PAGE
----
Abstract: Amblyaudia, a recent subcategory of auditory processing disorder, is characterized by asymmetrical auditory processing of an individual’s ears. Amblyaudia can result in speech comprehension difficulties, reading difficulties, information processing deficits, and inattention. These difficulties can be mistakenly attributed to Attention Deficit Hyperactivity Disorder (ADHD), Specific Learning Disorders (SLD), depression, anxiety disorders, and communication disorders. Unfortunately, traditional hearing tests do not place the two ears in competition and cannot detect asymmetry. Therefore, students who exhibit these difficulties and have normal performance on traditional hearing tests should be also evaluated for amblyaudia with dichotic listening tests. Amblyaudia can be addressed through dichotic listening tasks that strengthen the non-dominant ear, as well as minor adjustments to the classroom environment. This paper will examine the current literature on amblyaudia and provide a brief overview of the causes, diagnosis, treatments, and prognosis.
Seasonal ARIMA Modeling and Forecasting of Rainfall in Warri Town, Nigeria  [PDF]
Daniel Eni, Fola J. Adeyeye
Journal of Geoscience and Environment Protection (GEP) , 2015, DOI: 10.4236/gep.2015.36015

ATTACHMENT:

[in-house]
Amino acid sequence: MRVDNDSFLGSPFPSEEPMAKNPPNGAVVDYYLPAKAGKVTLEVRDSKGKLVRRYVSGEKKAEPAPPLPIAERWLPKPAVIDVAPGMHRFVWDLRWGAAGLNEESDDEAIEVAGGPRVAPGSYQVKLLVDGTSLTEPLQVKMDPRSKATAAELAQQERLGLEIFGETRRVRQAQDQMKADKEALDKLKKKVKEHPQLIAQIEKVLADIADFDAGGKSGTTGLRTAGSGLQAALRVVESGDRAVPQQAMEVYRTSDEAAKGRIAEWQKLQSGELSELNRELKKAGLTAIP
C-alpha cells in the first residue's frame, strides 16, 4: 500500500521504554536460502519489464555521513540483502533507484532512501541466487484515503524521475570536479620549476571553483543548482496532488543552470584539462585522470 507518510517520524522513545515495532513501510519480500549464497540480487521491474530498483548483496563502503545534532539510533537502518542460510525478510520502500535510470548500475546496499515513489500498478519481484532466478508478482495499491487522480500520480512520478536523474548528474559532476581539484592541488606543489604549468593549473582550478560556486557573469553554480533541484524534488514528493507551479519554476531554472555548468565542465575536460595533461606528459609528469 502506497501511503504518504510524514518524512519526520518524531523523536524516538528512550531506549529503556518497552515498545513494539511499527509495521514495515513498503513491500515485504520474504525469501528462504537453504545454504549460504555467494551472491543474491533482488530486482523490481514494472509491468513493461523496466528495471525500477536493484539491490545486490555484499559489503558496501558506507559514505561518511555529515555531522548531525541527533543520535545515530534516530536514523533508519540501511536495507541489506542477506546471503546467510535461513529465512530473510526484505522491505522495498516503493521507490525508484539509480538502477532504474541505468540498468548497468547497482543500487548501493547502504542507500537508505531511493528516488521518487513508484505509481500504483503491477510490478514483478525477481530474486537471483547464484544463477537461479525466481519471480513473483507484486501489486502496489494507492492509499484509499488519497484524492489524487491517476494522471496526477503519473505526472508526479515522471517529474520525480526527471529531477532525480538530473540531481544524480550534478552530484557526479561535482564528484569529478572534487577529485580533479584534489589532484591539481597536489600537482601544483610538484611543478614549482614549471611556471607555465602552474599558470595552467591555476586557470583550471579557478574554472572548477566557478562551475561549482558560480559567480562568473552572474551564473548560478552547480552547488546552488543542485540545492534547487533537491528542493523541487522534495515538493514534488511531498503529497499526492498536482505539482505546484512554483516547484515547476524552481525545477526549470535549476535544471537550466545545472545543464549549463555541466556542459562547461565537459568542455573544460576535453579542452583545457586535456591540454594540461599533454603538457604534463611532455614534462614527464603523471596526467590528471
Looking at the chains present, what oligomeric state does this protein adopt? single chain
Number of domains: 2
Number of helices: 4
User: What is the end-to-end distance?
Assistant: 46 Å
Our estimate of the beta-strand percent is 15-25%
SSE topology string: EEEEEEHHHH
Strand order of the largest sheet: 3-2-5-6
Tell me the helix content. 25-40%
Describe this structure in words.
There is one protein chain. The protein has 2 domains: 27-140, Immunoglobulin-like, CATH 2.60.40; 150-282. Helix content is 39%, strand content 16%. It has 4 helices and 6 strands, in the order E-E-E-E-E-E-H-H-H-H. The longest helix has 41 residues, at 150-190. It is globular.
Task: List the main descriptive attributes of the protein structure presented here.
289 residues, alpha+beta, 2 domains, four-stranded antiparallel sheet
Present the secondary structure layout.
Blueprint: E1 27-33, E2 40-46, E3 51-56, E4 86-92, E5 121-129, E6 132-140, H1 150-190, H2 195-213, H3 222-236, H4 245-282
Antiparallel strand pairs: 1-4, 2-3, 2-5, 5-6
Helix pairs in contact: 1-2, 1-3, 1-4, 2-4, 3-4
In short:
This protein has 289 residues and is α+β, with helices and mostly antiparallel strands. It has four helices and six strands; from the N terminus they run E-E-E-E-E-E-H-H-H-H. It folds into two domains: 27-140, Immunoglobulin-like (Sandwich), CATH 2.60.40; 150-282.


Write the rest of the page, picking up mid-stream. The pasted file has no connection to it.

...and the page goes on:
Abstract:

We obtained historical data of rainfall in Warri Town for the period 2003-2012 for the purpose of model identification and those of 2013 for forecast validation of the identified model. Model identification was by visual inspection of both the sample ACF and sample PACF to postulate many possible models and then use the model selection criterion of Residual Sum of Square (RSS), Akaike’s Information Criterion (AIC) complemented by the Schwartz’s Bayesian Criterion (SBC), to choose the best model. The chosen model was the Seasonal ARIMA (1, 1, 1) (0, 1, 1) process which met the criterion of model parsimony with RSS value of 81.098,773, AIC value of 281.312,35 and SBC value of 289.330,84. Model adequacy checks showed that the model was appropriate. We used the model to forecast rainfall for 2013 and the result compared very well with the observed empirical data for 2013.